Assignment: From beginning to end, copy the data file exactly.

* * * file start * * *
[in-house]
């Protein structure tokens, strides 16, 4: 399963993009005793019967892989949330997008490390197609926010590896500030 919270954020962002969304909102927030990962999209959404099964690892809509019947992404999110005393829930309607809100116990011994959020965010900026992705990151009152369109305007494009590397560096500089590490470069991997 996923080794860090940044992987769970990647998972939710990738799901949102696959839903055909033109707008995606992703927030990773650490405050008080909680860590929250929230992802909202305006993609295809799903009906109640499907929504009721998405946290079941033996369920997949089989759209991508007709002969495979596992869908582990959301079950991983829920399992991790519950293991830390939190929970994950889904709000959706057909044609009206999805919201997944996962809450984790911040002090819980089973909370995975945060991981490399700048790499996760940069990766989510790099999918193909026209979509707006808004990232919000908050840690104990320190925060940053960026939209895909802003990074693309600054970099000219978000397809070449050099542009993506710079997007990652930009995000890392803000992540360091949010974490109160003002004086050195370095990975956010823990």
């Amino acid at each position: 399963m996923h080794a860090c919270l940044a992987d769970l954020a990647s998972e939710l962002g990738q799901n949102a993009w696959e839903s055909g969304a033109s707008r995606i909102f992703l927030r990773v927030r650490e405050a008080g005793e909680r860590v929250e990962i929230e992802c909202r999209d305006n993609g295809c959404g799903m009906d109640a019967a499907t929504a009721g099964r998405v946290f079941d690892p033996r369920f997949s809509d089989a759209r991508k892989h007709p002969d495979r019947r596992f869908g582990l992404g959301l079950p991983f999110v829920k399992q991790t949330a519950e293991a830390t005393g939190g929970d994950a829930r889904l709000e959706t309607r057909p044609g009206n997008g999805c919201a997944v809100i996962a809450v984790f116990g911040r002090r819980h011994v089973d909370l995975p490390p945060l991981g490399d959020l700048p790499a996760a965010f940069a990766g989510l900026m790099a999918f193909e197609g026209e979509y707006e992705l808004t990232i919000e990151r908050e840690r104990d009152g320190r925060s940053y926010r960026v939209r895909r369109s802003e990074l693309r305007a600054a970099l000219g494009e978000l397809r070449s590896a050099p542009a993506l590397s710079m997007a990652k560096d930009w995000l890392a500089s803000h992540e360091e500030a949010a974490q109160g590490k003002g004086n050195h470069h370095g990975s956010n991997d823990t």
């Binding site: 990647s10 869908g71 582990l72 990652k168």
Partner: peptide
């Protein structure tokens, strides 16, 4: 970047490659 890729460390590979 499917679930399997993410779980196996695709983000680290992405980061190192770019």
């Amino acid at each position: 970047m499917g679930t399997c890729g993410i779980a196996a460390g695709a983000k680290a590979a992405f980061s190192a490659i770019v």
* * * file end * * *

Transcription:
[in-house]
């Protein structure tokens, strides 16, 4: 399963993009005793019967892989949330997008490390197609926010590896500030 919270954020962002969304909102927030990962999209959404099964690892809509019947992404999110005393829930309607809100116990011994959020965010900026992705990151009152369109305007494009590397560096500089590490470069991997 996923080794860090940044992987769970990647998972939710990738799901949102696959839903055909033109707008995606992703927030990773650490405050008080909680860590929250929230992802909202305006993609295809799903009906109640499907929504009721998405946290079941033996369920997949089989759209991508007709002969495979596992869908582990959301079950991983829920399992991790519950293991830390939190929970994950889904709000959706057909044609009206999805919201997944996962809450984790911040002090819980089973909370995975945060991981490399700048790499996760940069990766989510790099999918193909026209979509707006808004990232919000908050840690104990320190925060940053960026939209895909802003990074693309600054970099000219978000397809070449050099542009993506710079997007990652930009995000890392803000992540360091949010974490109160003002004086050195370095990975956010823990």
């Amino acid at each position: 399963m996923h080794a860090c919270l940044a992987d769970l954020a990647s998972e939710l962002g990738q799901n949102a993009w696959e839903s055909g969304a033109s707008r995606i909102f992703l927030r990773v927030r650490e405050a008080g005793e909680r860590v929250e990962i929230e992802c909202r999209d305006n993609g295809c959404g799903m009906d109640a019967a499907t929504a009721g099964r998405v946290f079941d690892p033996r369920f997949s809509d089989a759209r991508k892989h007709p002969d495979r019947r596992f869908g582990l992404g959301l079950p991983f999110v829920k399992q991790t949330a519950e293991a830390t005393g939190g929970d994950a829930r889904l709000e959706t309607r057909p044609g009206n997008g999805c919201a997944v809100i996962a809450v984790f116990g911040r002090r819980h011994v089973d909370l995975p490390p945060l991981g490399d959020l700048p790499a996760a965010f940069a990766g989510l900026m790099a999918f193909e197609g026209e979509y707006e992705l808004t990232i919000e990151r908050e840690r104990d009152g320190r925060s940053y926010r960026v939209r895909r369109s802003e990074l693309r305007a600054a970099l000219g494009e978000l397809r070449s590896a050099p542009a993506l590397s710079m997007a990652k560096d930009w995000l890392a500089s803000h992540e360091e500030a949010a974490q109160g590490k003002g004086n050195h470069h370095g990975s956010n991997d823990t």
């Binding site: 990647s10 869908g71 582990l72 990652k168």
Partner: peptide
């Protein structure tokens, strides 16, 4: 970047490659 890729460390590979 499917679930399997993410779980196996695709983000680290992405980061190192770019």
């Amino acid at each position: 970047m499917g679930t399997c890729g993410i779980a196996a460390g695709a983000k680290a590979a992405f980061s190192a490659i770019v």